How Social Media Has Evolved from 2013-2023
It’s pretty rare for anyone in our society to go more than a day without checking their social media profiles these days. For most young people, it’s been part of their lives for as long as they can remember. But — shock horror — this wasn’t always the case, so what exactly happened? How did we go from a life offline to a life largely dominated by the internet?
It’s fair to say that Instagram first started gaining mass popularity around 2013. With this in mind, we thought we’d do a deep dive into the past decade, looking at how exactly social media has evolved and why it’s adapted in such a way.
To begin, let’s cast our minds back. The acceleration of internet culture in 2013 can be summarised pretty accurately by the fact that Oxford Dictionaries named ‘selfie’ as their official word of the year. It was the age of incredibly heavy filters, pictures of Starbucks cups and captions with one too many #random hashtags. Users were still finding their feet with sharing their everyday life in a visual format to a million strangers online, which inevitably meant there was a bit of an awkward stage.
Of course, it would be impossible to talk about social media in the early 2010s without referring to every millennial/older Gen Z teenager’s favourite place on the internet — Tumblr. As a sort of microblogging/social media hybrid, Tumblr was where all the angsty teens fled to build an online aesthetic/persona, ask anonymous questions and unleash all their inner pretentiousness. Equal parts unifying and toxic, it created a huge sense of community for various “fandom”s while also leading to the glorifying and romanticising of certain mental illnesses.
The platform has waned significantly in popularity since around 2015 (though has recently seen somewhat of a nostalgic resurgence), due in part to a number of technical issues and unpopular updates. Others would argue, however, that the rise of apps like Vine, and eventually TikTok, are the ultimate cause of Tumblr’s downfall.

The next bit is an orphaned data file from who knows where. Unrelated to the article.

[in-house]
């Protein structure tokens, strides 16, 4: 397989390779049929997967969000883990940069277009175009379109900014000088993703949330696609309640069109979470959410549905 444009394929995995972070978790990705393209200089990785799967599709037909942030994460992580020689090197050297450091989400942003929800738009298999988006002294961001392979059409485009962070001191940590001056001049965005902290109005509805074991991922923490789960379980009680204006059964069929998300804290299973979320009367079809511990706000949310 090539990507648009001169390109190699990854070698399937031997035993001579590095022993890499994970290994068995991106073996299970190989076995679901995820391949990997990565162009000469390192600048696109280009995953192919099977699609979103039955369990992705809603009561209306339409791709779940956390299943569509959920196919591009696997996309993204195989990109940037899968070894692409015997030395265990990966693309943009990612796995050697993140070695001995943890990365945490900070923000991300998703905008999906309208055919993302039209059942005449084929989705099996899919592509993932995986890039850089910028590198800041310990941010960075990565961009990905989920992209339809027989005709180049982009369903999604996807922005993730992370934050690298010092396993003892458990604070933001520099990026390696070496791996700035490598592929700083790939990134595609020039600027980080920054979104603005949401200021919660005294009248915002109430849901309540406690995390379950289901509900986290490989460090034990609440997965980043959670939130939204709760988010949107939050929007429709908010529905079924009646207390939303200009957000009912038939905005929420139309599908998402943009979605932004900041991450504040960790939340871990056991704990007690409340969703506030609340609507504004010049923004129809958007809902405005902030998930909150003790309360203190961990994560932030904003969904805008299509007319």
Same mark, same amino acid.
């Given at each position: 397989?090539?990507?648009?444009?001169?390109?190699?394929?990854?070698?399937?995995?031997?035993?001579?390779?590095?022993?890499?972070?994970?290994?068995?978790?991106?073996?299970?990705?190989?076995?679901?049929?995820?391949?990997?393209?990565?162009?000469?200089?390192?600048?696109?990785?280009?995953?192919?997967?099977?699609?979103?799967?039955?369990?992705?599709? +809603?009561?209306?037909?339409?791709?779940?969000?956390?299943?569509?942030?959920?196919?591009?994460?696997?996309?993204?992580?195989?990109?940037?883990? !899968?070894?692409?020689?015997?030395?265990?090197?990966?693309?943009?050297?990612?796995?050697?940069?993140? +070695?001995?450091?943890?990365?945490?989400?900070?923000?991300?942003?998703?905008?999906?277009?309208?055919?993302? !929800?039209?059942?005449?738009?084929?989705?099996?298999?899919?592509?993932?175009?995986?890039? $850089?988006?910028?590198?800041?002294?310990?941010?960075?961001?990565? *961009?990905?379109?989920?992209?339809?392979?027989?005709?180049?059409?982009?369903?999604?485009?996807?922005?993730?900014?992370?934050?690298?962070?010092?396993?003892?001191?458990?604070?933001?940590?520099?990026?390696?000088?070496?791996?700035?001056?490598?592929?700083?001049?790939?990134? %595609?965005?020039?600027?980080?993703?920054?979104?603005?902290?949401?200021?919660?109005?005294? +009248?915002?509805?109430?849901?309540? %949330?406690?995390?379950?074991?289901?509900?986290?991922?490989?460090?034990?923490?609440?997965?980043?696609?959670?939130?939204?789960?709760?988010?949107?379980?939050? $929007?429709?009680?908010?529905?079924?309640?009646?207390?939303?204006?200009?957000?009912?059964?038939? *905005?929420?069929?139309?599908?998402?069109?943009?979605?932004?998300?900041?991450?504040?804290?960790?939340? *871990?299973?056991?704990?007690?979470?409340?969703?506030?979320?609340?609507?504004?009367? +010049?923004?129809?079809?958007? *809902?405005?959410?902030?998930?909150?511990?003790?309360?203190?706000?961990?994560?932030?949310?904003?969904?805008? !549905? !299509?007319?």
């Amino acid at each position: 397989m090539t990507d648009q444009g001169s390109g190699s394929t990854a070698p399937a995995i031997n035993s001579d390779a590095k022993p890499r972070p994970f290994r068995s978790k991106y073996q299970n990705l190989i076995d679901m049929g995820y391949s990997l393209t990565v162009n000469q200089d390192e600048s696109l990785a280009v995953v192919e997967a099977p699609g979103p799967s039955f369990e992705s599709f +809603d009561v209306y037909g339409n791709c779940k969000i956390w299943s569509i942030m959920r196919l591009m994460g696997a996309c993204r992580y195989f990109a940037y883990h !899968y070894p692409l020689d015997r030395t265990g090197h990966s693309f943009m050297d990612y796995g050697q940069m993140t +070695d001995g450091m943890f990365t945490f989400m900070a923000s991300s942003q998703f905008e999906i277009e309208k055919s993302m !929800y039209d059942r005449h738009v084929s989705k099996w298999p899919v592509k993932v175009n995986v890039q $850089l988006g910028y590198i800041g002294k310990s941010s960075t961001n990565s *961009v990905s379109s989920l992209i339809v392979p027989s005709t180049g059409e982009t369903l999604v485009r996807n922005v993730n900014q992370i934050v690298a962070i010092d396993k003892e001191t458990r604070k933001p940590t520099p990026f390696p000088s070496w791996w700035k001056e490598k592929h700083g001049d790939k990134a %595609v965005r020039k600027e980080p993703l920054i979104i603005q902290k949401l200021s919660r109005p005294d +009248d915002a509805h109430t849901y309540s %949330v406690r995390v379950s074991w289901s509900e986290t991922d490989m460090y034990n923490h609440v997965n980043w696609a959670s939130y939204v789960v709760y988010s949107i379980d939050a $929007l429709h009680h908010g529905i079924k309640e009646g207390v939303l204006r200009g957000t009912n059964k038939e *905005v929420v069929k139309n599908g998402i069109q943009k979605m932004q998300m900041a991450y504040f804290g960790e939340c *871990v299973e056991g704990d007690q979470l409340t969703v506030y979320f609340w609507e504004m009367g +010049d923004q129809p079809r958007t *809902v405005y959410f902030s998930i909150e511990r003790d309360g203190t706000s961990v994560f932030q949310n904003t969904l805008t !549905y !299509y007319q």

The prevalence of short-form video content is probably one of the biggest differences between today’s social media and that of ten years ago. We’ve all witnessed the rapid growth of TikTok, formerly Musical.ly, which took what Vine offered and somehow managed to surpass its success without any of the financial issues. It has since created a haven for marketers, brands, artists of pretty much any niche and the general public, with its algorithm making ‘going viral’ a much more achievable goal than on other platforms. With Instagram’s launch of IGTV in 2018 and eventually Reels in 2020, it became pretty clear that video content is the future the internet was steering towards, especially when other platforms, like YouTube, shortly followed in their footsteps.
Another shift we’ve seen is in the “authenticity” of popular online content, which has arguably done a full 360 circle since 2013. After the more candid, photo-heavy feeds of the early 2010s, we saw a shift to much more curated content in the latter half of the decade, as users began to tailor their Instagram grids to suit a certain aesthetic while using the newly introduced Stories (poached from Snapchat) to upload more of the day-to-day snaps. Recently, however, we’ve seen many social media users return to a more natural approach, opting for authenticity over perfection with “photo dumps” and the rise of BeReal.
Of course, this is all just skimming the surface of the changes social media has undergone over the past 10 years. We haven’t even attempted to cover Twitter, the evolution of which would require several separate blogs in itself, from its relevance in politics to its recent acquisition by Elon Musk. There are thousands of other points to cover when it comes to this topic, so let us know if you’d like a part two to cover more ground.
To fully capture the essence of social’s transformation, we thought we’d finish by doing some side-by-side comparisons between the Trufflers’ Instagram feeds back in the day versus presently. Try not to cringe too much, and enjoy.